WASHINGTON — House Speaker John Boehner signaled on Friday he's still open to negotiations with President Barack Obama on avoiding across-the-board tax increases set to hit taxpayers Jan. 1, but sounded pessimistic about reaching a grand deal with the president.
"How we get there, God only knows," Boehner told a Capitol Hill news conference just hours after his rank-and-file handed him a stunning tactical defeat.
The Republican leader spoke the morning after he was forced by his members to abandon legislation that would have raised taxes on incomes above $1 million. "We didn't have the votes to pass it," Boehner said glumly.
In the aftermath, Boehner said any deal with the president to avoid the looming "fiscal cliff" would require more compromise by Obama and greater involvement of Senate Majority Leader Harry Reid, D-Nev., and the minority leader, Mitch McConnell, R-Ky.
"I'm interested in solving the major problems that face our country," Boehner said. "And that means House leaders, Senate leaders and the president are going to continue to have to work together to address those concerns."
House Majority Leader Eric Cantor, R-Va., who stood by Boehner's side, said, "We stand ready to continue in dialogue with this president to actually fix the problem."
Boehner dismissed suggestions that the embarrassment late Thursday night over the legislation would cost him his speakership, second in line to the presidency.
"While we may have not been able to get the votes last night to avert 99.81 percent of the tax increases, I don't think — they weren't taking that out on me," he said. "They were dealing with the perception that somebody might accuse them of raising taxes."
Obama has said he will press ahead with Congress in search of a deal and that the two sides are relatively close to a long-sought budget bargain. But Boehner on Friday depicted an impasse.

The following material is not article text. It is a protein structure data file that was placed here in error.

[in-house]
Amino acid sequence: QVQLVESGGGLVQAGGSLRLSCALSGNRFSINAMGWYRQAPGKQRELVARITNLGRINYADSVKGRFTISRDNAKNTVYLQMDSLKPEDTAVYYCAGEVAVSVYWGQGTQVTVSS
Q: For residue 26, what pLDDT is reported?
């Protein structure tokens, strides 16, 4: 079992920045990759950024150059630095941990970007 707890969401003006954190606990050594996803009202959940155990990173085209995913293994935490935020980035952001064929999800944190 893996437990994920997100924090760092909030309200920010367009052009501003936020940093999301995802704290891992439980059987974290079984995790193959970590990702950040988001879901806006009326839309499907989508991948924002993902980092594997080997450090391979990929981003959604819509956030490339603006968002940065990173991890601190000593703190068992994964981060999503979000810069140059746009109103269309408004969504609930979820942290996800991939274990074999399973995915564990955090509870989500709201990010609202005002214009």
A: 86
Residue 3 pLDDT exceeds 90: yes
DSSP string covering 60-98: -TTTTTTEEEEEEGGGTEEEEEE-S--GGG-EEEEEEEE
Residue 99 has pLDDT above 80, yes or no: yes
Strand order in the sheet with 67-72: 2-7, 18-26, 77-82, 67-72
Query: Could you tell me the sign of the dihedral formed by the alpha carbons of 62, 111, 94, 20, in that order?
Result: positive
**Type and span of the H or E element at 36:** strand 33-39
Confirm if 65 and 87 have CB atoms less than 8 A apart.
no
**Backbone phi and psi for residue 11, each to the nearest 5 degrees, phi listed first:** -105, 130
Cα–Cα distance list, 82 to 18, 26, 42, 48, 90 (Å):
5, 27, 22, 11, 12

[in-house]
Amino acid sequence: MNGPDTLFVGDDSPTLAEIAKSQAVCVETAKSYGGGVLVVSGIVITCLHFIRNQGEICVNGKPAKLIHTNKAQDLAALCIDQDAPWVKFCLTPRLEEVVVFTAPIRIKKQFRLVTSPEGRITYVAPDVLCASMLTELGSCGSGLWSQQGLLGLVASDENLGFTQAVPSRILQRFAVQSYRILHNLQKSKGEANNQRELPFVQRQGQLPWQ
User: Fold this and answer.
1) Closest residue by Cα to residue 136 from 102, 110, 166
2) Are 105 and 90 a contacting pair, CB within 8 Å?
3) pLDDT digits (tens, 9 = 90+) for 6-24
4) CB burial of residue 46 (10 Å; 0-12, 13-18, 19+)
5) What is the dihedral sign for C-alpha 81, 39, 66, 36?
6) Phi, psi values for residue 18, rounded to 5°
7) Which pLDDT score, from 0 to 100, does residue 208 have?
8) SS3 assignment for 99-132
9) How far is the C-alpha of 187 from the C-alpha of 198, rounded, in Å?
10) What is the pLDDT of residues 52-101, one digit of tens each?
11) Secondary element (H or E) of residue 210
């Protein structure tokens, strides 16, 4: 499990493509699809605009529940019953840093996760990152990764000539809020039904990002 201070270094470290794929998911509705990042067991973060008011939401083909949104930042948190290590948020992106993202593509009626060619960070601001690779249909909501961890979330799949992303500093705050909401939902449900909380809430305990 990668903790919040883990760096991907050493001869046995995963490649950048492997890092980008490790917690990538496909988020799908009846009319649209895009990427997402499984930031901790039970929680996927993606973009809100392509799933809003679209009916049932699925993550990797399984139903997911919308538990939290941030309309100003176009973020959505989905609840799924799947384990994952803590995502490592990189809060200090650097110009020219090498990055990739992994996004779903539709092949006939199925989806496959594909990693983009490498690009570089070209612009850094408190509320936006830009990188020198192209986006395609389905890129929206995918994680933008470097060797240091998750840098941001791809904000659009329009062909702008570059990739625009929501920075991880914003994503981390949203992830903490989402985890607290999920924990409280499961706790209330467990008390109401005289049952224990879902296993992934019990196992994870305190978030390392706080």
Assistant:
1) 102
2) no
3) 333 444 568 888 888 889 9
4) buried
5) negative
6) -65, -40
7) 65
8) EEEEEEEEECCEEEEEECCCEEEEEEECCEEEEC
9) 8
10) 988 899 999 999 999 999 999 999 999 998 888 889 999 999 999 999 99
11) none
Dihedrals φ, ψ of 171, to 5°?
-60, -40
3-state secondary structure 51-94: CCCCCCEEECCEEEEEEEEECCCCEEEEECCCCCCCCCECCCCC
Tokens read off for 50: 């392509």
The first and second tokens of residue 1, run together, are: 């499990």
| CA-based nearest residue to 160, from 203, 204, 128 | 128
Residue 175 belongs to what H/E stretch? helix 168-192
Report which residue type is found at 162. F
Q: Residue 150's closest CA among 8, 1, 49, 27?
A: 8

"I told the president on Monday these were my bottom lines," Boehner said. "The president told me that his numbers — the $1.3 trillion in new revenues, $850 billion in spending cuts — was his bottom line, that he couldn't go any further." Boehner and the White House differ on how to classify key elements of Obama's latest offer, particularly whether to count interest savings on the national debt as a spending cut. The White House says Obama offered $1.2 trillion in spending cuts, matched by $1.2 trillion in higher taxes.
White House Press Secretary Jay Carney said on Thursday that Obama has "never said either in private or in public that this was his final offer. He understands that to reach a deal it would require some further negotiation. There is not much further he could go, because after all, unlike his counterparts in this negotiation, he has already gone halfway on both sides of the equation."
Boehner's attempt to retreat from a longstanding promise to maintain Bush-era tax rates for all was designed to gain at least some leverage against Obama and Senate Democrats in the fiscal cliff endgame. Thursday's drama was a major personal defeat for the speaker, who retains the respect and affection of his tea party-infused conference, but sometimes has great difficulty getting them to follow his leadership.
What Boehner called his "Plan B" was crafted to prevent tax increases set to kick in Jan. 1 on virtually every taxpayer. But it also would have provisions that would have let rates rise for those at the upper income range — a violation of long-standing Republican orthodoxy that triggered opposition inside the party.